To most people, the idea that hot water freezes faster than cold water seems illogical. However, this is an absolute fact. This phenomenon had been met with lots of disapproval prior to the year 1969. However, an experiment performed by a Tanzanian high school student, Mpemba, confirmed that indeed the phenomenon is true. In a synopsis, in his experiment Mpemba investigated the rate of freezing of two batches of ice cream: a hot ice cream mix and a cooled to room temperature ice cream mix (Auerbach 883). To this end, while holding other factors constant he established that hot ice cream mix freezes faster than a cool one. With these results he pondered what might have happened. To assert his findings, he performed an experiment akin to the former but with water instead. To his surprise he obtained a replica result- “hot water freeze faster than cold water” (Kell 564).
In an effort to search for answers behind this phenomenon Mpemba approached his physics teacher who rebuffed his findings citing experimental errors. His quest to establishing the origin of the anomaly did however not end. He, by chance happened to meet Dr. Orsbone, a physics Prof., whom he shared his findings. To his surprise Dr. Orsbone was as blank too. This challenge motivated the Prof. to carry out investigations to ascertain the phenomenon. Through his laboratory technician Dr. Orsbone echoed Mpemba’s findings. Succeeding experiments reproduced Mpemba’s findings hence; in the year 1969, following these results, the duo published what became to be known as Mpemba effect hitherto (Brewster & Gebhart 331).
To date, given the findings most readers who haven’t gone through a practical experience to attest this still remain skeptical.
- To investigate the mechanisms proposed as the reasons behind Mpemba effect.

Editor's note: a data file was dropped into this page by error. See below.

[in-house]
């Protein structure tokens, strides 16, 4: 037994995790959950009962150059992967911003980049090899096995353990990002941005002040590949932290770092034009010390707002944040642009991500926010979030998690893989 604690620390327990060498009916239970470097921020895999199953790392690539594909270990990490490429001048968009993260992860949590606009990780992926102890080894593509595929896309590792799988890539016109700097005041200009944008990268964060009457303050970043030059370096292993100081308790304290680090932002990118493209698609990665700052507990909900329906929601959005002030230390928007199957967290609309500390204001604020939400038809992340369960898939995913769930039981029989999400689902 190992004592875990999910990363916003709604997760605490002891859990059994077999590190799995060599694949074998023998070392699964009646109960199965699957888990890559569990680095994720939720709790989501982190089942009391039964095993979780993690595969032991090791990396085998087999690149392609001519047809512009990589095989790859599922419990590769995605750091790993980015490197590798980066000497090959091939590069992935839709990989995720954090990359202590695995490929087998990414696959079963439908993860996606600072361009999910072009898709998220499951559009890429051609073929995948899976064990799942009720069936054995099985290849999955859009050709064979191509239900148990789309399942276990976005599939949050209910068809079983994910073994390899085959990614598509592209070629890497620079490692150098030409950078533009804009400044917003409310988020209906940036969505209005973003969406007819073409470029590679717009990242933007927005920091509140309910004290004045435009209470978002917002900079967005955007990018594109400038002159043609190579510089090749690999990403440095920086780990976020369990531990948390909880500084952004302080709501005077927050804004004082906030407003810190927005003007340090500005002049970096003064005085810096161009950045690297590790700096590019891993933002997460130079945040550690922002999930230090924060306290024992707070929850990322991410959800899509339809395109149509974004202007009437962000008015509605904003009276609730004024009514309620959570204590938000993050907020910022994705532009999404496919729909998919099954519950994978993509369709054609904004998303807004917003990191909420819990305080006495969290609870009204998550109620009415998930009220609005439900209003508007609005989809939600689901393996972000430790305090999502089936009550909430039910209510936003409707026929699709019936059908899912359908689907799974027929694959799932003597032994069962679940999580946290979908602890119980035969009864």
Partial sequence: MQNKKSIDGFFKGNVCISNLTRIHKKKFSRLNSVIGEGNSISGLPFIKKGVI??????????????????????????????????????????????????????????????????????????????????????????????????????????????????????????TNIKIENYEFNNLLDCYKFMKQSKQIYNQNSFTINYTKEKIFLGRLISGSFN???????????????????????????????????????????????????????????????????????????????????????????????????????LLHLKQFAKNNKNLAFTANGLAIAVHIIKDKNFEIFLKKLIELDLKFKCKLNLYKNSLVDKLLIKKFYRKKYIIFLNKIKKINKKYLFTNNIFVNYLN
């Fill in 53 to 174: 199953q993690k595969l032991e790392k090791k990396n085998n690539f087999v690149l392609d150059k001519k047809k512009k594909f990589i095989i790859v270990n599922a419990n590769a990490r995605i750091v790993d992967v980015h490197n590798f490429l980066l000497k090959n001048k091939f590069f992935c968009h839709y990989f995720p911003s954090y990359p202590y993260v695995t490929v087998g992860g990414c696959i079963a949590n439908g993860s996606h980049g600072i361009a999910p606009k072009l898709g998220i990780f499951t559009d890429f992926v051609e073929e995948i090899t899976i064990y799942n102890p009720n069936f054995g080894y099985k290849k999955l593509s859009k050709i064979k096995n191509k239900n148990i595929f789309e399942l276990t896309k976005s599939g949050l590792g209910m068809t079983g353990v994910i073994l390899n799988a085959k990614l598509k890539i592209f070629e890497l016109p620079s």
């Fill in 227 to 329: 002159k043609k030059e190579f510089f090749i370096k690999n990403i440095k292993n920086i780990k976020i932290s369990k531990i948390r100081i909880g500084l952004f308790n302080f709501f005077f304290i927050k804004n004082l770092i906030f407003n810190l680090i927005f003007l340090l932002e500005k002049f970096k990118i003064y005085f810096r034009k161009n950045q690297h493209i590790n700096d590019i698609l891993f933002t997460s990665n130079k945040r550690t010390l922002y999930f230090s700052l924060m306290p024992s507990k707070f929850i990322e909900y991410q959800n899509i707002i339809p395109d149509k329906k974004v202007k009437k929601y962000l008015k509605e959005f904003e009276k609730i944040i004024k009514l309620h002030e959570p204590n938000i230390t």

- To briefly propose a methodology used in each mechanism to yield a perfect result.
Review of Literature
Way back in history during Aristotle’s era, the anomaly that hot water freezes faster than cold water was remarked but by one Aristotle. Looking at it however simple it may appear Aristotle who boasts a range of scientific inventions could not crack this mystery. He pondered why this is so to no avail. Thousands of years down the line today major milestones have been achieved but Mpemba effect still remains elusive. To this effect today ‘think tanks’ are still grappling with the same.
Later on in1960s, a thirteen year old Tanzanian- Mpemba, echoed claims believed to have been remarked by the trio of Aristotle, Bacon and Descartes. His claims were that hot ice cream cools faster than cold ice cream. To stalk his claims he engaged a different liquid (water) and the results were similar. Moreover, he brought Prof. Orsbone on board who later confirmed his findings. This would later be christened Mpemba effect. However, this would later elicit mixed reactions from the general public on the credibility as well as the actual causes of the same. A number of literatures hitherto trying to unearth the causes of Mpemba effect have been published.
In the year 1996, as reported by Mathews, an experiment to assert Mpemba’s claims was performed. As such, he challenges us to obtain water in two pails; one at 950 C and the other one at 500 C but on a freezing day (Mathew 1). According to him, the hotter water freezes faster than the cold water. Apparently, the effect is real and, he claims that according to the public notion this is also reproducible in refrigerators. Mathews further reports that this phenomenon has its roots way back in history. As such he explains that the mystery was a common place in the ancient epoch where wooded pails were popular. To this end he cites that “Sir Francis Bacon, Descartes and even Aristotle are said to have remarked on it” (Mathews 1).
Description of Research
Scientists the world over have been tasked to unearth the mystery that is Mpemba effect. As such they explain mechanisms including evaporation, dissolved gasses, surroundings and convection as the reasons for the abnormal behavior of water. As such, this research focuses on these mechanisms.
With focus to evaporation, some scientists suppose evaporation to be the reason that is Mpemba effect. To this effect they believe that the process of evaporation leads to a significant loss in the total volume of water. As such, a relatively small volume of water is present for cooling which by fact should freeze faster than a big volume. Nevertheless, this theory does not hold water because it fails to explain the anomaly in closed containers. With respect to the experimental methodology, and while holding other factors constant, a twin experiments need to be setup but with different initial temperatures. A data on the actual loss in volume of water needs to be tabulated for analysis. An analogous arrangement needs to be done for closed containers too.